On April 13 the Financial Times reported that Facebook is only weeks away from being approved as a financial service in Ireland. Is this foray into e-money motivated by Facebook's desire to conquer the developing world before other corporate Internet giants do? Maybe.

GO

The Rise and Fall of Iran's “Blogestan”

The robust community of Iranian bloggers—sometimes nicknamed “Blogestan”—has shrunk since its heyday between 2002 – 2010. “Whither Blogestan,” a recent report from the University of Pennsylvania's Iran Media Program sought to find out how and why. The researchers performed a web crawling analysis of Blogestan, survey 165 Persian blog users, and conducted 20 interviews with influential bloggers in the Persian community. They found multiple causes of the decline in blogging, including increased social media use and interference from authorities.

GO

tuesday >

Weekly Readings: What the Govt Wants to Know

A roundup of interesting reads and stories from around the web. GO

Russia to Treat Bloggers Like Mass Media Because "the F*cking Journalists Won't Stop Writing"

The worldwide debate over who is and who isn't a journalist has raged since digital media made it much easier for citizen journalists and other “amateurs” to compete with the big guys. In the United States, journalists are entitled to certain protections under the law, such as the right to confidential sources. As such, many argue that blogging should qualify as journalism because independent writers deserve the same legal protections as corporate employees. In Russia, however, earning a place equal to mass media means additional regulations and obligations, which some say will lead to the repression of free speech.

GO

Politics for People: Demanding Transparent and Ethical Lobbying in the EU

Today the Alliance for Lobbying Transparency and Ethics Regulation (ALTER-EU) launched a campaign called Politics for People that asks candidates for the European Parliament to pledge to stand up to secretive industry lobbyists and to advocate for transparency. The Politics for People website connects voters with information about their MEP candidates and encourages them to reach out on Facebook, Twitter or by email to ask them to sign the pledge.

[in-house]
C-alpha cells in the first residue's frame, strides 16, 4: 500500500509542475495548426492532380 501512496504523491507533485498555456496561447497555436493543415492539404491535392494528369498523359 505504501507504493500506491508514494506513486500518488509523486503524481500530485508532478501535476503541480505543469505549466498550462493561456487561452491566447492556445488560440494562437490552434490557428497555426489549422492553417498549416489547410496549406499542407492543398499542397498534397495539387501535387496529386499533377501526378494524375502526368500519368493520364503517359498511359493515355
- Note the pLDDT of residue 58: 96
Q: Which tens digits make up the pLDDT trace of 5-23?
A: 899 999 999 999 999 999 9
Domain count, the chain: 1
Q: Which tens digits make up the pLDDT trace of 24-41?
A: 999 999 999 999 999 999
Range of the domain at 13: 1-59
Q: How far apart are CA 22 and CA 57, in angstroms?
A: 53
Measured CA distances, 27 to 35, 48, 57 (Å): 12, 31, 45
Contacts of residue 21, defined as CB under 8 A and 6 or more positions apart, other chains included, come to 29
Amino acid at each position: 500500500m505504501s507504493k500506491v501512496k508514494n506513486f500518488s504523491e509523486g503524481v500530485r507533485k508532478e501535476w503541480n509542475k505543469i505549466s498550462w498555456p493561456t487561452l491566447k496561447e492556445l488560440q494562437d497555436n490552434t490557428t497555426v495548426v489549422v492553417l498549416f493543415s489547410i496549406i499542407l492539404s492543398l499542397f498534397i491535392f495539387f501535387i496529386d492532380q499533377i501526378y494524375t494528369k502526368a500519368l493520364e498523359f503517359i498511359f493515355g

GO

monday >

Security Agencies Given Full Access to Telecom Data Even Though "All Lebanese Can Not Be Suspects"

In late March, Lebanese government ministers granted security agencies unrestricted access to telecommunications data in spite of some ministers objections that it violates privacy rights. Global Voices reports that the policy violates Lebanon's existing surveillance and privacy law, Law 140, but has gotten little coverage from the country's mainstream media.

GO

friday >

In Google Hangout, NYC Mayor de Blasio Talks Tech and Outer Borough Potential

New York City Mayor Bill de Blasio followed the lead of President Obama and New York City Council member Ben Kallos Friday by participating in a Google Hangout to help mark his first 100 days in office, in which the conversation focused on expanding access to technology opportunities through education and ensuring that the needs of the so-called "outer boroughs" aren't overlooked. GO